TRENTON – The New Jersey Senate approved a bill to require chain retail food establishments to provide nutrition information for any food or beverage item listed on its menu by a vote of 22 to 16 yesterday.
“With obesity, hearth disease and diabetes on the rise, it is clear that we have a health crisis on our hands,” said Senator Joseph Vitale, D-Middlesex, a sponsor of the bill. “Requiring food chains to post nutritional information on their menus is by no means a cure-all solution, but it does recognize that consumers cannot make healthy choices if they are unaware of the content of the nutritional food they are ordering.”
The bill, S-2905, would direct restaurant with twenty or more locations in the state to print caloric values of the food on menus. The bill would also require that information on saturated and trans fat, carbohydrates and sodium content of food be provided to customers upon request.
Under the bill, a retail food establishment that fails to provide information would be liable for a civil penalty ranging from $50 to $100 for the first offense, and a penalty of $250 to $500 for the second or any subsequent offense.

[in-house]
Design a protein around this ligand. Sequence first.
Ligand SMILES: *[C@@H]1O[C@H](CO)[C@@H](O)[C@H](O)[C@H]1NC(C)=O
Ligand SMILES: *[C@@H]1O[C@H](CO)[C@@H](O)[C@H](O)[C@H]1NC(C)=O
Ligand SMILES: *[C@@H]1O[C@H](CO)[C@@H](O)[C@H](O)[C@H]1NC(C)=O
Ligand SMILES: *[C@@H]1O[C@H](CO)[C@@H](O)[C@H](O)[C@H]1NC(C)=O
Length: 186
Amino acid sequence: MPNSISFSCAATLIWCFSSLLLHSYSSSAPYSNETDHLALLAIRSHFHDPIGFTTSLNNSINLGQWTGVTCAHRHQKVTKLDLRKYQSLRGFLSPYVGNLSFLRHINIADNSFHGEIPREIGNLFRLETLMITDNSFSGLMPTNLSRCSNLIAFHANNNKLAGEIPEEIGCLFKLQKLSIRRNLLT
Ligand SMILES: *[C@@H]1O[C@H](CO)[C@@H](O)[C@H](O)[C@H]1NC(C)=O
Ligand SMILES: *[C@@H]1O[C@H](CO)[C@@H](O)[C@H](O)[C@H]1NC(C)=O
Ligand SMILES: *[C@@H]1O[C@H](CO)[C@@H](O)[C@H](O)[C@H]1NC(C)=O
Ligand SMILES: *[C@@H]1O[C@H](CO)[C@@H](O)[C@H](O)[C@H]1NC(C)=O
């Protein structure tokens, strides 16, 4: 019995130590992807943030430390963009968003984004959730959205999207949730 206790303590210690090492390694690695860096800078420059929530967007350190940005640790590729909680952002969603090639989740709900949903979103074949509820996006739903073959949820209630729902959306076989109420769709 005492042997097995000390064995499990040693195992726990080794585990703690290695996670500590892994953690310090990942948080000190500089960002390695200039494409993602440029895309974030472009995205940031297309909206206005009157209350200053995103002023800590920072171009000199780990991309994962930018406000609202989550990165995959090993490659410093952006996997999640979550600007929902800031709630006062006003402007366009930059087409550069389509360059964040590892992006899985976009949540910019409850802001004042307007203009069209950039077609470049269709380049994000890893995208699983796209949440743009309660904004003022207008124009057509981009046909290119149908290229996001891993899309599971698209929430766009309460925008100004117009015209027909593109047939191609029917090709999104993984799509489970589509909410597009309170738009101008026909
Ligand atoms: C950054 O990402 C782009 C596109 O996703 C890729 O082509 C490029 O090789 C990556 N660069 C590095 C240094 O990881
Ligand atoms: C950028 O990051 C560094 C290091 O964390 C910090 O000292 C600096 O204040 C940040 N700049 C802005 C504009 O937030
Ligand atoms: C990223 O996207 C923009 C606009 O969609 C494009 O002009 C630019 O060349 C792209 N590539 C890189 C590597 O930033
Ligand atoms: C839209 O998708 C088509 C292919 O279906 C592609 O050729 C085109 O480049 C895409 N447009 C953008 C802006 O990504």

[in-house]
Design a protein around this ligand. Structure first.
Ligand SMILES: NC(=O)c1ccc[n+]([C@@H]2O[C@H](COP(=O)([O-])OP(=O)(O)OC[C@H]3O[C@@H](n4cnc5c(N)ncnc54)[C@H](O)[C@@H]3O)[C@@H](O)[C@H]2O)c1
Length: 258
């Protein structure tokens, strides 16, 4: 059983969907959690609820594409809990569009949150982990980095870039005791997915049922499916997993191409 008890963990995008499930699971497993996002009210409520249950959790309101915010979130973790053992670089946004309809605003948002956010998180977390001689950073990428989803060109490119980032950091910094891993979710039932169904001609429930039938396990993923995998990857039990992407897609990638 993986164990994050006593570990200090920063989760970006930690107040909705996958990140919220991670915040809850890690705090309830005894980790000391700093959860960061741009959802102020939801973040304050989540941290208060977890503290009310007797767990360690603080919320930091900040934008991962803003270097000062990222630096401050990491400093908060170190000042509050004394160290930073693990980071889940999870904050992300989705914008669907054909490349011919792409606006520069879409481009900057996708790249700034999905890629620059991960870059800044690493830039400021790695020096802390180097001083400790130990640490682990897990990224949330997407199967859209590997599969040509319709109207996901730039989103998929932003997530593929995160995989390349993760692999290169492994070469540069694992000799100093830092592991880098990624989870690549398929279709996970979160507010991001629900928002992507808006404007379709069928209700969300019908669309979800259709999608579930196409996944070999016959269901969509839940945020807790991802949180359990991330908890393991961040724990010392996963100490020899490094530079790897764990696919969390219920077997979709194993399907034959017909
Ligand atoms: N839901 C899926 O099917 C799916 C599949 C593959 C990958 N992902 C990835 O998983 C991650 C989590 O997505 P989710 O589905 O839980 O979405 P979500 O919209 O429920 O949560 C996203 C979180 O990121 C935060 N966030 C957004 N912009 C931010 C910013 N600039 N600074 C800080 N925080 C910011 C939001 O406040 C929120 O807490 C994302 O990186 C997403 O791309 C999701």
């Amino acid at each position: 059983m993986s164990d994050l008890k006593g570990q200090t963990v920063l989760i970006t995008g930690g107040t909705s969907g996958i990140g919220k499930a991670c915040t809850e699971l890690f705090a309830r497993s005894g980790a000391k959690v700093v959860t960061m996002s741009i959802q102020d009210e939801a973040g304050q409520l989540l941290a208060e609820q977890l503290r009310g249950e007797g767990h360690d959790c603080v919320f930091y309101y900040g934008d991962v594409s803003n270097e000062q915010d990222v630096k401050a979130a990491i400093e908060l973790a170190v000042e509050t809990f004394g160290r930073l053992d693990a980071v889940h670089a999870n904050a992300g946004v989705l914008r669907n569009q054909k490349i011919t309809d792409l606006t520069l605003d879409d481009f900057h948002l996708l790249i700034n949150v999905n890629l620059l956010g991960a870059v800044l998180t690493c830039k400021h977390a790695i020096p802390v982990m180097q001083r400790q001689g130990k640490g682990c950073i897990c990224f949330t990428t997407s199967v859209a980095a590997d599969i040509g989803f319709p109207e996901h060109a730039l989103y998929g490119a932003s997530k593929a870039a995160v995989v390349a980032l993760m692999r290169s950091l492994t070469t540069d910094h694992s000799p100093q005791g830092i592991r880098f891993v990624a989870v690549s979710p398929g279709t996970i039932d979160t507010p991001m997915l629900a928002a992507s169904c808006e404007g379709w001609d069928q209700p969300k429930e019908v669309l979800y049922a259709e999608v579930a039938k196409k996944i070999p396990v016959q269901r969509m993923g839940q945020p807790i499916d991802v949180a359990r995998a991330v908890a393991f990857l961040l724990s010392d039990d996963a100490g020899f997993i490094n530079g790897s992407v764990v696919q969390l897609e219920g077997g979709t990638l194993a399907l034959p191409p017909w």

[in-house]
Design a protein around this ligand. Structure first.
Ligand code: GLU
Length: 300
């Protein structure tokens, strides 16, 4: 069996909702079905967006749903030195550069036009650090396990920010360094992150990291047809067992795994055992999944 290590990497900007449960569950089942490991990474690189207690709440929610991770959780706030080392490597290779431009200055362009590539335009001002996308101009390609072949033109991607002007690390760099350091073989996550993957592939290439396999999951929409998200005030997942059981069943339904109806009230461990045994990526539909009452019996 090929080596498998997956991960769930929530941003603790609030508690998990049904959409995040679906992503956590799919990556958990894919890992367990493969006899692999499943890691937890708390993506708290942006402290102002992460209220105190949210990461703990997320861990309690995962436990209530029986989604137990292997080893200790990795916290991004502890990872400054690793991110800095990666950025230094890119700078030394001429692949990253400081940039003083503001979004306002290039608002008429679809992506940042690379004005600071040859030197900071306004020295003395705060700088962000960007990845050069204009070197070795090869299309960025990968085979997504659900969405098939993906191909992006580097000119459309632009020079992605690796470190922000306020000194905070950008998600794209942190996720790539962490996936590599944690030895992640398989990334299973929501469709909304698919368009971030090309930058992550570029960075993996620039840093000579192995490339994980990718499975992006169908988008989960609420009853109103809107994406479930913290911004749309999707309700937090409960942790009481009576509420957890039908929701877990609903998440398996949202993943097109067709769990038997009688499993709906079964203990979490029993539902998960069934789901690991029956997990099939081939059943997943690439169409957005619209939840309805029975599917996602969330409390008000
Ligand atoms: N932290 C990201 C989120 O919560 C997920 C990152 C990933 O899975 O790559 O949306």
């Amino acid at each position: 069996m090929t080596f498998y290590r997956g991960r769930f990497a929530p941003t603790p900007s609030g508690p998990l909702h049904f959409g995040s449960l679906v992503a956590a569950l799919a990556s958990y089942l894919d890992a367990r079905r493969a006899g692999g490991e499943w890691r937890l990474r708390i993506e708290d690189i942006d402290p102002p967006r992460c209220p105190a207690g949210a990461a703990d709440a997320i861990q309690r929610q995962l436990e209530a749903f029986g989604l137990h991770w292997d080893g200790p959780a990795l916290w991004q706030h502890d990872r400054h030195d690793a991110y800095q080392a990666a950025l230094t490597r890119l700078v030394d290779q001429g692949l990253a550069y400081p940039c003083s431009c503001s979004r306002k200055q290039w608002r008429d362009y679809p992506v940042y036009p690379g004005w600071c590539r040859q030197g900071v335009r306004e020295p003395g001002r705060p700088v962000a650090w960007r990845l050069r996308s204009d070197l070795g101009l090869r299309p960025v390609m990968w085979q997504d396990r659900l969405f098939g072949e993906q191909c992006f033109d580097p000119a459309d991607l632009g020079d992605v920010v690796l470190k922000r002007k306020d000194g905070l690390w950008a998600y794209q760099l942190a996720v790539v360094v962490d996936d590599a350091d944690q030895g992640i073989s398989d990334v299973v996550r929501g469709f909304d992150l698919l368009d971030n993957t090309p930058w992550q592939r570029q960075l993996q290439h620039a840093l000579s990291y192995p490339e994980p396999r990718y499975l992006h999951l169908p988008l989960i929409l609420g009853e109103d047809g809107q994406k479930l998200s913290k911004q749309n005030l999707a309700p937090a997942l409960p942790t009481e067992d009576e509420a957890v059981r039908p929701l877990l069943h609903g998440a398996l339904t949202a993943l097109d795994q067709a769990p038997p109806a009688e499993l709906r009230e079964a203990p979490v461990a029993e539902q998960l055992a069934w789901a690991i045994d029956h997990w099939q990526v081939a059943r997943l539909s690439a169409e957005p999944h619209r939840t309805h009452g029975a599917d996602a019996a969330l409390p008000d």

“This bill would allow the residents of New Jersey to make better, educated choices about the food they eat,” said Senator Shirley Turner, D-Mercer, another sponsor of the bill. “We need to do something to help improve our health and knowing what are options are when it comes to the food we eat will go a long way to improving our quality of life.”
Vitale noted that New York, San Francisco, Seattle, Portland and Philadelphia have passed similar laws, and New York, in particular found that printed calorie information on menus had changed eating habits.
Restaurant owners who oppose the bill argue that it is more expensive and unnecessary government regulation.
The bill now heads to the Assembly for consideration.
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